The Tea-Publican tyranny of the minority is because of the Hastert Rule

Posted by AzBlueMeanie:

The so-called Hastert Rule, the "majority of the majority" to bring a bill to the House floor, is frequently cited by Tea-Publicans. It is an extra-constitutional and undemocratic GOP Caucus rule.

The Hastert Rule empowers a Tea Party minority to engage in a tyranny of the minority. Byron York writes at the Washington Examiner, How 30 House Republicans are forcing the Obamacare fight:

There are 233 Republicans in the House. Insiders estimate that three-quarters of them, or about 175 GOP lawmakers, are willing, and perhaps even eager, to vote for a continuing resolution that funds the government without pressing the Republican goal of defunding or delaying Obamacare.

On the other side, insiders estimate about 30 House Republicans
believe strongly that Obamacare is such a far-reaching and harmful law
that the GOP should do everything it can — everything — to stop it
or slow it down. That includes precipitating a standoff leading to a government shutdown.
"This isn't just another bill," Rep. Michele Bachmann, R-Minn., one of
the most vocal of the 30, told me. "This isn't load limits on turnip
trucks that we're talking about. This is … an extremely consequential
bill that will impact every American, and that's why you have such
passionate opinions."

Another 20 to 30 GOP members sympathize with that position but might
be willing to compromise, except for the fact that they fear a primary
challenge from the Right.

In the continuing resolution fight, it is the 30 most committed
members, along with their 20-30 allies in the next-most-committed group,
who are setting the House Republican agenda. The ones pushing for a
fight over Obamacare, even if it leads to a shutdown, are controlling
what the House does.

Which has led to the question: How can 30 Republicans beat 200 Republicans? How does that work?

There are two answers. One, the Republican majority in the House is
fairly narrow. And two, Democrats have been extraordinarily unified in
opposing GOP proposals.

It takes 217 votes to pass a bill in the House. Republicans can pass
one all by themselves, but only if they keep 217 out of the total 233
GOP lawmakers on board. If more than 16 GOP lawmakers jump ship, Speaker John Boehner won't have enough Republican votes to pass any given bill [because of the Hastert Rule.]

That's where Democratic unity comes in. There are 200 Democrats in
the House. If they unanimously oppose a bill, then Boehner has to keep
almost all of his GOP lawmakers together, or the measure will fail.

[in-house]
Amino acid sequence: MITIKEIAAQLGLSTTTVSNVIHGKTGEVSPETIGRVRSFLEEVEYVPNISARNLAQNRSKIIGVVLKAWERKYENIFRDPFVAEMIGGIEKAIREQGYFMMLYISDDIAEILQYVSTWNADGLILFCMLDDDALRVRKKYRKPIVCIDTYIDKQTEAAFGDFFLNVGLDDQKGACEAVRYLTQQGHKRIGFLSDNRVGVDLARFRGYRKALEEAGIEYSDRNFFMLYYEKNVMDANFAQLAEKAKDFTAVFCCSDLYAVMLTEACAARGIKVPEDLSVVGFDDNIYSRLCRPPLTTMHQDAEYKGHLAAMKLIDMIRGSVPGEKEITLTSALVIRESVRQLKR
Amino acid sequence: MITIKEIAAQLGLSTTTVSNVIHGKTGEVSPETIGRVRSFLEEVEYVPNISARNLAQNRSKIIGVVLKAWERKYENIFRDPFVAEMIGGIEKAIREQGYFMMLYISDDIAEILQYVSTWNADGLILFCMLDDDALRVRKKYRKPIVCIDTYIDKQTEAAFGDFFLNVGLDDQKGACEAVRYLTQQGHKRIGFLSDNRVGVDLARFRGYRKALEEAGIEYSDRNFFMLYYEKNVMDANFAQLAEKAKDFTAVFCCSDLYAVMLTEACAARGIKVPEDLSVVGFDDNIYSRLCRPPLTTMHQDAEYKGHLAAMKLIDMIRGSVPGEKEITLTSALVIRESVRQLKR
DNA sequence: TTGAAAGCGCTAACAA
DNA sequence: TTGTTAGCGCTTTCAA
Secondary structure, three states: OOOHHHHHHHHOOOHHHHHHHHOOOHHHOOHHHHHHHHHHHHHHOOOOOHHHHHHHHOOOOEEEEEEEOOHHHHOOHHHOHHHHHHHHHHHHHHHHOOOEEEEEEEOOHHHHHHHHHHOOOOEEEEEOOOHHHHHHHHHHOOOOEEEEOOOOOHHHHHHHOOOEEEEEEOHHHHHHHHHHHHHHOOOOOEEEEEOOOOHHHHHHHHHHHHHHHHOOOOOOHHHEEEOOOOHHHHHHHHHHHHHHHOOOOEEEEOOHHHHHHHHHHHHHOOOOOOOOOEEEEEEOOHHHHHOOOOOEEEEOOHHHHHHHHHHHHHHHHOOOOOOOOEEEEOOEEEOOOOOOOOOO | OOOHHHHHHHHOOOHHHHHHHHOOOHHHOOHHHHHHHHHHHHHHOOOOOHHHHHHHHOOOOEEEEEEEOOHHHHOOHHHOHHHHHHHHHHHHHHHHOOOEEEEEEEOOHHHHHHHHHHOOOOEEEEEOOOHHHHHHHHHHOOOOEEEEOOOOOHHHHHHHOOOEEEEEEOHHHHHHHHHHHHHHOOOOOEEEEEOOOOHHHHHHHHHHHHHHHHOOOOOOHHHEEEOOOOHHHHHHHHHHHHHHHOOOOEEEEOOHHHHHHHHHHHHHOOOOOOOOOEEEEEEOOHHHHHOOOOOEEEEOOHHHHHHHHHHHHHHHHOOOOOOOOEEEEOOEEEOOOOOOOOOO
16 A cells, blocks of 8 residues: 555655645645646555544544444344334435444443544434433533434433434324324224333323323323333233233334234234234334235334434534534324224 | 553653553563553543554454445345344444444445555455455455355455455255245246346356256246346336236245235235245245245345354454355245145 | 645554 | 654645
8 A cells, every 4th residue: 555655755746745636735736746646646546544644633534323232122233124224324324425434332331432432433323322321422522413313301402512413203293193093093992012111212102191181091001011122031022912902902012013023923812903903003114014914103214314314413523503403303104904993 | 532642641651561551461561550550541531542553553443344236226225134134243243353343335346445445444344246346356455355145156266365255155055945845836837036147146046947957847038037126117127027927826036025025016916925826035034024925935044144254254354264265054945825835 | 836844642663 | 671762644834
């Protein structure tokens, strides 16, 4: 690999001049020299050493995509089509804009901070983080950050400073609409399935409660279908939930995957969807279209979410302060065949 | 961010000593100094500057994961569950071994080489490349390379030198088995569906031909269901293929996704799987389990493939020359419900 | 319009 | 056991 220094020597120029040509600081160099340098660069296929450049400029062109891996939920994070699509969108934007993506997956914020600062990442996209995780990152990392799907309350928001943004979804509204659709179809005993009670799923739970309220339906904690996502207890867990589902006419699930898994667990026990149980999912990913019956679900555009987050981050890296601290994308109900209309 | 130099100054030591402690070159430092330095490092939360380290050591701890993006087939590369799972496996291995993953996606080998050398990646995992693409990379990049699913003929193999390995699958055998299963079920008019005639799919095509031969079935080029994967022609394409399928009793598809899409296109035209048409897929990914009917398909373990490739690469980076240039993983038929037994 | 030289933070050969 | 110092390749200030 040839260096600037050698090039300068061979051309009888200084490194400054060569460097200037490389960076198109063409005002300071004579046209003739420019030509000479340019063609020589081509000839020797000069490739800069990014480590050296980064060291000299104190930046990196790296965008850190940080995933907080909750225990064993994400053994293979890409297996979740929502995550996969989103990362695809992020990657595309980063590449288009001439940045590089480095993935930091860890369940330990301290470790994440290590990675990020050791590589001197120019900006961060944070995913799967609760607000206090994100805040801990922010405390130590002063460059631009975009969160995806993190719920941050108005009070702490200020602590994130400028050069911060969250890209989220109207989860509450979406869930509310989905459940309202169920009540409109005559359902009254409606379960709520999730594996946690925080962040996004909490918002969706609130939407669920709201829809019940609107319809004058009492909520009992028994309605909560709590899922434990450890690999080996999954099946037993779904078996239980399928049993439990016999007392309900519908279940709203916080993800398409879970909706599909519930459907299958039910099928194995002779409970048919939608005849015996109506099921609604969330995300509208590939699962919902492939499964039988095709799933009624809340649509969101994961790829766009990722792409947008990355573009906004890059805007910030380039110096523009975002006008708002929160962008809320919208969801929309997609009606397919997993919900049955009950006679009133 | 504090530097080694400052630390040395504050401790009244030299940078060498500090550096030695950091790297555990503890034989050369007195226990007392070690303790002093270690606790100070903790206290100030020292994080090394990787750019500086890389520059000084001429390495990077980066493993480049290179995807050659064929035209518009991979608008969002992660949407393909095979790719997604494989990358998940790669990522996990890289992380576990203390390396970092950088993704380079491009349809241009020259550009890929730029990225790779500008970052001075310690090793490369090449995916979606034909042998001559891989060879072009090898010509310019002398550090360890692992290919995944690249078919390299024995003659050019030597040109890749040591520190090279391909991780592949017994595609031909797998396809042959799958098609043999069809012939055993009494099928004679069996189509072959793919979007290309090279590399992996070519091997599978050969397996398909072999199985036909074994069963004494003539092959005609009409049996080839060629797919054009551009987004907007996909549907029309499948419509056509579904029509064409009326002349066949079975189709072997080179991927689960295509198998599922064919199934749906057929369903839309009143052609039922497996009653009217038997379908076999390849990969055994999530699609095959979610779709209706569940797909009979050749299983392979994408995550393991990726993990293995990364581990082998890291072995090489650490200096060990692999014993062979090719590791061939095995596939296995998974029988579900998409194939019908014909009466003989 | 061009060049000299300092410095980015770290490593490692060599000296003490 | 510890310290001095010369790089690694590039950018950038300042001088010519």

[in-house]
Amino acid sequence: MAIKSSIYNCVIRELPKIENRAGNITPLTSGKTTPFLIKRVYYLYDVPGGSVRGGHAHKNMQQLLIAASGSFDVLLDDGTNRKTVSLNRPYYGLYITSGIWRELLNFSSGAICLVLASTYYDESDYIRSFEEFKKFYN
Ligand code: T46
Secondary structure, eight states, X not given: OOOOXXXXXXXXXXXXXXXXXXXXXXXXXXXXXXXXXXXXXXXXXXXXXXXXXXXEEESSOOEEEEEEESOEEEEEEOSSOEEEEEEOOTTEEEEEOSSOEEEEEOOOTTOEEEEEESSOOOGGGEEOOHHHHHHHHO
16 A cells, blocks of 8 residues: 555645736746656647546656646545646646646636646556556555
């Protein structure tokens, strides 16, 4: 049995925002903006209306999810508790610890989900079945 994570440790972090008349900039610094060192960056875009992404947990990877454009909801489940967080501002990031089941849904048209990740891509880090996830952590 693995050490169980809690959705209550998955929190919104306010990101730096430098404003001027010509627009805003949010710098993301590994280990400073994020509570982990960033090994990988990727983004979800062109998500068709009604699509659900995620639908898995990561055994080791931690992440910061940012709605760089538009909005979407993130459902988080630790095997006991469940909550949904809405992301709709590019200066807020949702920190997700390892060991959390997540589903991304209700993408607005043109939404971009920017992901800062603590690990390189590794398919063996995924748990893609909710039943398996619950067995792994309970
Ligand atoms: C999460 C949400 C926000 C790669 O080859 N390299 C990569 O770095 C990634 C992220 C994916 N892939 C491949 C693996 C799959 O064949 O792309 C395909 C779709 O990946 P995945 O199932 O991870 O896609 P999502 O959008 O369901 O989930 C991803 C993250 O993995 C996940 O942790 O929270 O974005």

The combination of those two factors — a close Republican majority
and united Democratic opposition — gives those 30 Republicans their
power. In a situation where Democrats nearly unanimously oppose a bill,
the 30 can make the difference between success or failure for Boehner.
If they stick together, Boehner can't win.

* * *

It's been a devastatingly effective strategy, and it has helped
create a deep and growing frustration inside the GOP conference. Just
look at what a member of the Republican majority told me after House
Republicans had taken another step toward confrontation. "Analysts say
the Congressional GOP doesn't understand strategy," the Republican said.
"I'm like, 'Congressional GOP' my ass! It's 30 idiots who can't get us
to 217."

Boehner tries to walk a delicate line within his conference. But the
chances are good that in the end, the majority of Republicans — the
200, or at least 175 — will take control. If Boehner offers them a
"clean" continuing resolution, they will vote for it.

* * *

When the time comes, lots of Democrats will vote for the [CR]
too, which means the final spending measure, when it finally comes, will
likely pass with a big majority.

The TanMan, Weeper of the House John Boehner, is the weakest speaker in modern American history. He fails to exercise the power of his office over committee assignments, congressional office budgets, congressional office assignments, assignment and call of bills, etc. This is a failure of his character and leadership abilities. Instead of being feared by his caucus, like past speakers, Boehner lives in fear of his caucus.

This is also due to the declining influence of political parties, especially the GOP, in the Citizens United era where far-right billionaires can secretly fund tax exempt political organizations and Political Action Committees. This has essentially created "free agents" who owe their allegiance not to the party but to the "Kochtopus" organizations, Club for Growth, FreedomWorks, American Crossroads, etc. This corrupting influence of big money in politics has weakened party discpiline and cohesion. The speaker doesn't possess the power over his caucus that previous speakers possessed.

These campaign finance groups outside of the political party structure are able to threaten the speaker with rebellion through their free agents, and congressional members with a well-financed primary opponent to exert undue influence over legislative decisions. This is having a crippling effect on effective and efficient government. The country is at the mercy of a few dozen far-right billionaire Plutocrats who have purchased our electoral system to control our legislative process.

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